Philip Roth's searing look into the American morality and psyche in his body of work has usually gotten a raw deal when it comes to cinematic interpretations. Imagine my relief when I saw Elegy then, based on his Novella "The Dying Animal", when not only does it correct past transgressions by being intelligent, it also stands on itself as a well-crafted film.
Elegy takes Roth's brutally honest look into lust and our own mortality, and translates the whole thing without trying to change the tone of the source, or to re-interpret it as a less sexist or an apologetic work of fiction. Isabel Coixet directs the film with a restraint and an honest world view found possible only in the dying breed of American cinema - the indie.
Ben Kingsley plays David Kepesh, a learned and erudite literature professor in his 60s who lives his own debauched yet accomplished life of writing for The New Yorker, writing books, and sleeping with his students. When he meets another one in a long line of such conquests, Consuela (PenÃ©lope Cruz), a student from Cuba, for him she starts off as yet another trophy, another conquest.
Then unexpectedly, he falls in love with her. This would not have been as devastating as it is when the beautiful, shy and intelligent Consuela seems equally besotted with him. He is consumed by the utter insecurities that a man such as him will have, and they come crashing down on his well-constructed psychological walls. While he hides it from another one his ex-students Carolyn (Patricia Clarkson), who is now a regular sex buddy, he does confide in his Pulitzer Prize winner poet friend, George (Dennis Hopper).
Despite George telling him that he needs to "stop worrying about growing old and think about growing up", David is too mired in his own ways of keeping his thoughts to himself, only revealing the made-up suave exterior to completely give in to the relationship. And when he begins to, even a little bit, panic sets in swiftly and brutally. The more the affair intensifies, the more nervous he becomes, leaving him feeling inadequate and deformed, and yet too stubborn to offer Consuela a future, which is what she really wants.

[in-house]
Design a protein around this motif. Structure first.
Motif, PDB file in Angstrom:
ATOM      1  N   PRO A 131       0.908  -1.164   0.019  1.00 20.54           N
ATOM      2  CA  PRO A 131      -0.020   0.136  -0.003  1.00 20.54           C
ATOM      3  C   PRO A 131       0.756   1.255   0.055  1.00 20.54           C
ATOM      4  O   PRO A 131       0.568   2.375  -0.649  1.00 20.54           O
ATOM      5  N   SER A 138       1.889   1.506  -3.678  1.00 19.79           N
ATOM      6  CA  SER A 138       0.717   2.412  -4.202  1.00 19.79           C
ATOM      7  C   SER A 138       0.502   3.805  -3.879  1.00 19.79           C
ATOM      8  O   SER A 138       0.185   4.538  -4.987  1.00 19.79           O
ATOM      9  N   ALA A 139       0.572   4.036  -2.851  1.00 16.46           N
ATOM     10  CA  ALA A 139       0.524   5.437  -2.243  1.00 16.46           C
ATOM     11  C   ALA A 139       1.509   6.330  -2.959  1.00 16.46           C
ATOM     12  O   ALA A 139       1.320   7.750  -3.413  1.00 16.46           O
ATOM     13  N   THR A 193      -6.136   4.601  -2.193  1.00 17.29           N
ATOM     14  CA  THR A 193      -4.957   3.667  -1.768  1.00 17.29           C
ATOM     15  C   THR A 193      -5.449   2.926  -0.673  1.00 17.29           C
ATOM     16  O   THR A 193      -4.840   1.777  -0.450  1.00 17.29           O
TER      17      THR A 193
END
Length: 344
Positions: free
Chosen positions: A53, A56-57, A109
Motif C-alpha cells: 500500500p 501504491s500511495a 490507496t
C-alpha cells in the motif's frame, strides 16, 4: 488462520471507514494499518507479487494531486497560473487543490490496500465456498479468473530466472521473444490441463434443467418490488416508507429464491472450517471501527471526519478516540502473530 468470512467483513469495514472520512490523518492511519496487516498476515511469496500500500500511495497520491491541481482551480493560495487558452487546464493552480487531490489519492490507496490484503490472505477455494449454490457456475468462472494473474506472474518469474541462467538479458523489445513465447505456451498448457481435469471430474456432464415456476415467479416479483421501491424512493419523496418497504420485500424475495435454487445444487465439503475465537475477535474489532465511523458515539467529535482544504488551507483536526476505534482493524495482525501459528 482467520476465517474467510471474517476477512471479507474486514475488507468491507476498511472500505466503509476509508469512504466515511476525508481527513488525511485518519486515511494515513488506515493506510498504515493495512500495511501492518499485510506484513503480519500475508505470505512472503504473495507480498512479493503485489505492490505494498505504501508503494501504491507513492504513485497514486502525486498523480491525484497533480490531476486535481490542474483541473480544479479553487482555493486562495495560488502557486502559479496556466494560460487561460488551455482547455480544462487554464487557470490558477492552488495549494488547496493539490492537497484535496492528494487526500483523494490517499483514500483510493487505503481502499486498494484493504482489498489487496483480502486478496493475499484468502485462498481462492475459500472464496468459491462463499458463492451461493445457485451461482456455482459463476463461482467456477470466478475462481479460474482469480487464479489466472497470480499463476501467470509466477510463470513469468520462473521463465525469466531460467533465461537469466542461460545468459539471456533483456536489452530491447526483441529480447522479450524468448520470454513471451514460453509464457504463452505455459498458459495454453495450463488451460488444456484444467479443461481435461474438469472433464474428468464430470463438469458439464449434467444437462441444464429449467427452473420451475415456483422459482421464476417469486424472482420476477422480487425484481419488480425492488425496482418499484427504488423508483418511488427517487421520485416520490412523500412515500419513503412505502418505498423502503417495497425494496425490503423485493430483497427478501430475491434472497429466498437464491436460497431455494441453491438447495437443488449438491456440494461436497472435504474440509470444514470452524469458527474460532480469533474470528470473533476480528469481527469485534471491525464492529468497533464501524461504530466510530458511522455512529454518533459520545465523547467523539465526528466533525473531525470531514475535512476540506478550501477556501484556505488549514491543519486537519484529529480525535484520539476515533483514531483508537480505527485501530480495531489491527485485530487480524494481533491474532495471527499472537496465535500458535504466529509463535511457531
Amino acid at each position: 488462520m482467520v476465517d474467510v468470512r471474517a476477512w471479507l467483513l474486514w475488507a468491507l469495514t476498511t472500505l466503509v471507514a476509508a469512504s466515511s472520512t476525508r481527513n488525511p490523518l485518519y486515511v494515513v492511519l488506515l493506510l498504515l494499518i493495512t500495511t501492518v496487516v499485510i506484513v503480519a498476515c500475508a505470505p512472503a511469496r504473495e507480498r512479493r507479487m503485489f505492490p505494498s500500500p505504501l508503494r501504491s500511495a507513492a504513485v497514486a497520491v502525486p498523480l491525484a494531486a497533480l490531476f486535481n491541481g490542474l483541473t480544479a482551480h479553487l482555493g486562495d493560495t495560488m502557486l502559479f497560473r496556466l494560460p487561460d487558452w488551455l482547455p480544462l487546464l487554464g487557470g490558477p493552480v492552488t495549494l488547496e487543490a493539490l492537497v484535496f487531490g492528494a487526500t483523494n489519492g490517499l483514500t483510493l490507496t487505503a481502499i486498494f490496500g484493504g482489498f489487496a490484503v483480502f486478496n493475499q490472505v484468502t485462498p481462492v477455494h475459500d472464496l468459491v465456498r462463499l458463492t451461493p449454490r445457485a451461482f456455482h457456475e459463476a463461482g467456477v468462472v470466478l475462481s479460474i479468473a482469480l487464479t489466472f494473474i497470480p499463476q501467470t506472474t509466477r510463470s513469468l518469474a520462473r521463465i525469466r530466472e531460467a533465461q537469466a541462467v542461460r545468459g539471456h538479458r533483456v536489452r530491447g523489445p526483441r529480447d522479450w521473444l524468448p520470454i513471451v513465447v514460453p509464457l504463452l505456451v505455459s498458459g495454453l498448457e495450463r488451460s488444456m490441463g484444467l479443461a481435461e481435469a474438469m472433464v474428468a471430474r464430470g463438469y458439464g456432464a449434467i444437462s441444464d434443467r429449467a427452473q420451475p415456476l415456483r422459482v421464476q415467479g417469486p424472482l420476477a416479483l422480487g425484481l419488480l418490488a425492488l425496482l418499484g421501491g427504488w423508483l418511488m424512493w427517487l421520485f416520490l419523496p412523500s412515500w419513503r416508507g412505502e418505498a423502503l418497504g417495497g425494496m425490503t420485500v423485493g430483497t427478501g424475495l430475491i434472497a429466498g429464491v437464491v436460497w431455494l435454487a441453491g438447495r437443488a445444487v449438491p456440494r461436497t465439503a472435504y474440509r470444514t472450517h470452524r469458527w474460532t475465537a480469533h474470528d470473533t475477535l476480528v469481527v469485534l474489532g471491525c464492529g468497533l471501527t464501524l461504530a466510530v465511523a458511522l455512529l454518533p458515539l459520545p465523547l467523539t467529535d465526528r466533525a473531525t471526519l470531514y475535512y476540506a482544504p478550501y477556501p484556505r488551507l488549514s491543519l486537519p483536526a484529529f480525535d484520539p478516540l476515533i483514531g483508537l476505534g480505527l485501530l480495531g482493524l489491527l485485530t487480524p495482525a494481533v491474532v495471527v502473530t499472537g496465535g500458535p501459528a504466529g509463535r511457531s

The conflict that he faces this time is as internal as it gets - that of a man completely in love with the control he has had, unable to relinquish it, and at the same time keep it. It's not all about David, though, because if it was, this would be a sexist story that never amounted much else than a character study. What makes this story heartbreaking is Consuela.
The film is male voice dominated: right from David's neurotic narration, to his scholarly friend, to his relationship with his son. Even so, it is Consuela's constant humanity and the masterful work PenÃ©lope Cruz puts in to bring out her vulnerability that makes us starkly judge the veneer that she is surrounded by. The third act is as emotionally charged and complex as the rest of the film, and yet it is satisfying because of her.
Ben Kingsley, of course, is acting masterclass 101 from the moment the camera fades in, but it is Cruz that keep the film humane and a touch relatable. Both are joined by Clarkson and Hopper giving credible and real performances, making this movie an utter pleasure to watch. The film, however, truly belongs to Isabel Coixet, who along with directing also takes camera-operator and music supervisor credits, completely absorbing herself in the filmmaking process, making this a singular vision.
Despite some irregular pacing and at least three very odd music choices, this is a penetrating exploration of love and its opposite - self-worth - and how trust changes everything in between. Not your regular Sunday afternoon fare, but go with a hunger to watch a better film, and you shall be rewarded.